Cancer, which is the most important disease of our age, occurs when one or a few cells belonging to one of the tissues in the body exhibit a change outside the normal characteristics and uncontrolled proliferation. Early diagnosis is one of the most important factors affecting the success of cancer treatment.
Cancer screening is the most important part of early diagnosis. However, the Covid-2019 Pandemic, which came into our lives in 19, negatively affected the regular cancer screening like many other things. People started delaying health scans due to fear of viruses.
From Yeni Yüzyıl University Gaziosmanpaşa Hospital Oncology Department, Assoc. Dr. Hamza Uğur Bozbey gave information about the 'decreasing cancer screenings during the pandemic process' Exp. Dr. Hamza Uğur Bozbey underlined that cancer screening rates have decreased by 80% in our country and stated that the rate of discontinuing treatment doubled.
Cancer screening provides early diagnosis in cancer
Detection of cancer in the early period thanks to screenings naturally affects the treatments (chemotherapy, radiotherapy, surgical intervention), treatment times, the patient's quality of life and life expectancy. However, the situation is different when caught at an advanced stage (metastatic). If a patient is diagnosed with colon cancer at stage 1, the patient has a 90% chance of survival. However, when the same patient is not diagnosed until the 4th stage, the 5-year survival rate drops to 11%. Therefore, the stage at the time of diagnosis is really important.
The COVID 2019 pandemic, which has been seen all over the world and in our country since 19, should not prevent cancer screening. Cancer screening, which is recommended according to the age and risk content of the individuals, should not be disrupted. Although telehealth seems to work to some extent, mammography, colonoscopies, laboratory tests and physical examinations used for early diagnosis, especially in cancer screening, should be completed. For this reason, we recommend that patients apply to hospitals in order to receive healthcare services. It is important that hospitals and other health centers are organized in accordance with Covid-19 procedures for the safe use of the physical area where the examinations are performed.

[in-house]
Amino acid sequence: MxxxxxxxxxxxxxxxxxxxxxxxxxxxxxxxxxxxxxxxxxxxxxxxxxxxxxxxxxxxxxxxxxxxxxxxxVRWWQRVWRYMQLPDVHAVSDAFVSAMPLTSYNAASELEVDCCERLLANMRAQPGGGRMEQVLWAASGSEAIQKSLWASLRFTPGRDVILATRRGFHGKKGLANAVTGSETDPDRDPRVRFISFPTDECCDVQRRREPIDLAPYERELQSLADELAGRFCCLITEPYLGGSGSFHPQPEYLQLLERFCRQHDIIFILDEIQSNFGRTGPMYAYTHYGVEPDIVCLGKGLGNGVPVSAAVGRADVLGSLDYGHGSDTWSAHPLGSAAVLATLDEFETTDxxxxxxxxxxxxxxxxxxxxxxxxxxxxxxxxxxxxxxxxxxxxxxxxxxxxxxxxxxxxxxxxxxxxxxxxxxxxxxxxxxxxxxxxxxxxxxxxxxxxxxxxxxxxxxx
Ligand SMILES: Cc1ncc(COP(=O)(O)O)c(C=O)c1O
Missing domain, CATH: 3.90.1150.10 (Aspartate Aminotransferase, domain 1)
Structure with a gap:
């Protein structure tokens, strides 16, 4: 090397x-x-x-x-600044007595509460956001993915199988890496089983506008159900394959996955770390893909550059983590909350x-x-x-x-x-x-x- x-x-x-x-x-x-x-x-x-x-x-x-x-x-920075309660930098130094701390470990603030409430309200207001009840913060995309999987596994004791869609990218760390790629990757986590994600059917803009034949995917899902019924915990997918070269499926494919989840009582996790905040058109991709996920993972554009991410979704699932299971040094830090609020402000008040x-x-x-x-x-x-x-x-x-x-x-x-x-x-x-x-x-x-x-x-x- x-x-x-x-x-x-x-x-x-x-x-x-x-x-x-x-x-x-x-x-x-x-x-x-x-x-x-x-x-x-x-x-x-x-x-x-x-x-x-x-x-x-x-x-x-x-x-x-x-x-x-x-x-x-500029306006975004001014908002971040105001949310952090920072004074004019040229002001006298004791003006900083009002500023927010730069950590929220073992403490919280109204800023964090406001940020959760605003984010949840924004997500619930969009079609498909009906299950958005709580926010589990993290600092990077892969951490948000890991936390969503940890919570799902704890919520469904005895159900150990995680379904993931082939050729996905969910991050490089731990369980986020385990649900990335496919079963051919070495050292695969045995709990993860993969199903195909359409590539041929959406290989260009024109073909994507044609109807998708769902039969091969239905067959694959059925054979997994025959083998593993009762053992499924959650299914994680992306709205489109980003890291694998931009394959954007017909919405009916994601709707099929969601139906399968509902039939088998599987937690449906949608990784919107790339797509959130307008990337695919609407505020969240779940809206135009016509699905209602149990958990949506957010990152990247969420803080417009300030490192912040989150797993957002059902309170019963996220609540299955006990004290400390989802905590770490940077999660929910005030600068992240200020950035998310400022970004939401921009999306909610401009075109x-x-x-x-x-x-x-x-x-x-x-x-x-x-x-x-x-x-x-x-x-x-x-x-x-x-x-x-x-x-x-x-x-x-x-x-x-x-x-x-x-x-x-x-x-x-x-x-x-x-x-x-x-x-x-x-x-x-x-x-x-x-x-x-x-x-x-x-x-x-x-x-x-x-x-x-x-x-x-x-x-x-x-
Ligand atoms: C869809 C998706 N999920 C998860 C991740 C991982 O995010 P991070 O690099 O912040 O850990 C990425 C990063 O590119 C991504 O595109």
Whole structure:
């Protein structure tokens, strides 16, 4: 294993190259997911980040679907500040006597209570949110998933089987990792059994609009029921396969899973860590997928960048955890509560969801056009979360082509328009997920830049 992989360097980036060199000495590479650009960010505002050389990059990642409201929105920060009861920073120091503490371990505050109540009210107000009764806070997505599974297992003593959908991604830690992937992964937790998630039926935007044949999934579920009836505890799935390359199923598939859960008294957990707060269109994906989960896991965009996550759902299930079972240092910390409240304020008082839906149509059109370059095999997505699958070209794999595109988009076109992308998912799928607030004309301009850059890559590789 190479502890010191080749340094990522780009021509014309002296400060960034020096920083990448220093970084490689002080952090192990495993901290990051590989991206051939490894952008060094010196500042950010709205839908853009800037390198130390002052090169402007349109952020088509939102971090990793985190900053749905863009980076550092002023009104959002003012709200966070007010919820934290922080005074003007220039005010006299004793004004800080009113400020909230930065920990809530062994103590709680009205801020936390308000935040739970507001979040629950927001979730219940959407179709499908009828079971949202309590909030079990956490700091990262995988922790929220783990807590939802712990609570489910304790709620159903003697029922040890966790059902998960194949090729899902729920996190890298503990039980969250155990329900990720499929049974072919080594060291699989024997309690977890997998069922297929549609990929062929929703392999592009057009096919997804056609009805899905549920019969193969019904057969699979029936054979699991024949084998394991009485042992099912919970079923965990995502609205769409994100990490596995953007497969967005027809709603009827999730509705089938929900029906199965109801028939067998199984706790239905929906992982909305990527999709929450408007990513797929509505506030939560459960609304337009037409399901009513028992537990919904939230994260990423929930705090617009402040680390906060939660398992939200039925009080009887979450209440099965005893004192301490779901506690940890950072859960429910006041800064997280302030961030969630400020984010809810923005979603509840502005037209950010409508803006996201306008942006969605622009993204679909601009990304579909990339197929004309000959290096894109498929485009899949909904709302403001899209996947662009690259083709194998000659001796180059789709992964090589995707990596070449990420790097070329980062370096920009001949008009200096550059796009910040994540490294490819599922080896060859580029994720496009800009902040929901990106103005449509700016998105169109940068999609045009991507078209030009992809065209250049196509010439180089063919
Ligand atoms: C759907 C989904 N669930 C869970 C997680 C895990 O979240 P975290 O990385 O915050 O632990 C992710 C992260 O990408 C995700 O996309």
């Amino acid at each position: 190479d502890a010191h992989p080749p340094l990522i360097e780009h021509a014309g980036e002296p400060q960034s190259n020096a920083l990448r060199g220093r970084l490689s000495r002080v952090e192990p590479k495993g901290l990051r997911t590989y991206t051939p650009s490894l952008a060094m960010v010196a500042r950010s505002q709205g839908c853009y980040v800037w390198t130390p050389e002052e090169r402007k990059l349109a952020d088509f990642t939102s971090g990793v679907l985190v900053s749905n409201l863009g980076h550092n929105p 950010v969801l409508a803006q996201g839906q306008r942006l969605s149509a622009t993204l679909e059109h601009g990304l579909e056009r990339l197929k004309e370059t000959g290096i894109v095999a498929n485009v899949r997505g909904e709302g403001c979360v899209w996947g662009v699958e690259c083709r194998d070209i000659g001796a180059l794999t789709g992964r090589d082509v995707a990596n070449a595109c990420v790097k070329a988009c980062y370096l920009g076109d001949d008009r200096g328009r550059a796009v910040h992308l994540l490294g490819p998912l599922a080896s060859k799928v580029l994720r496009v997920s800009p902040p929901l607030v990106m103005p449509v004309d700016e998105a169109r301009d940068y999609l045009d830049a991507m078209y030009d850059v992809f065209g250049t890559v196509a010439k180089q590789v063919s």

Screening rate decreased by 50% during the pandemic period
A study conducted in the USA showed that there was a great decrease in cancer screening tests and biopsy procedures in hospitals during the 2020-week pandemic period between January and February 7. In the study conducted with nearly 300.000 patients, the new diagnosis breast, colorectal (large intestine), lung, pancreas, stomach and esophagus (esophagus) cancer ICD-1 codes were scanned weekly between January 2018, 18 and April 2020, 10. Average weekly diagnosis numbers for each cancer were determined. They then compared these numbers with the weekly average number during the first 7 weeks of the pandemic. 7.2% of the patients enrolled in the study were in the Covid-19 pandemic period. For all 6 cancers, the number of weekly diagnoses decreased by nearly 50% during the pandemic period compared to the baseline period. The greatest reduction in follow-up registration or diagnosis was seen in breast cancer cases with 51,8%.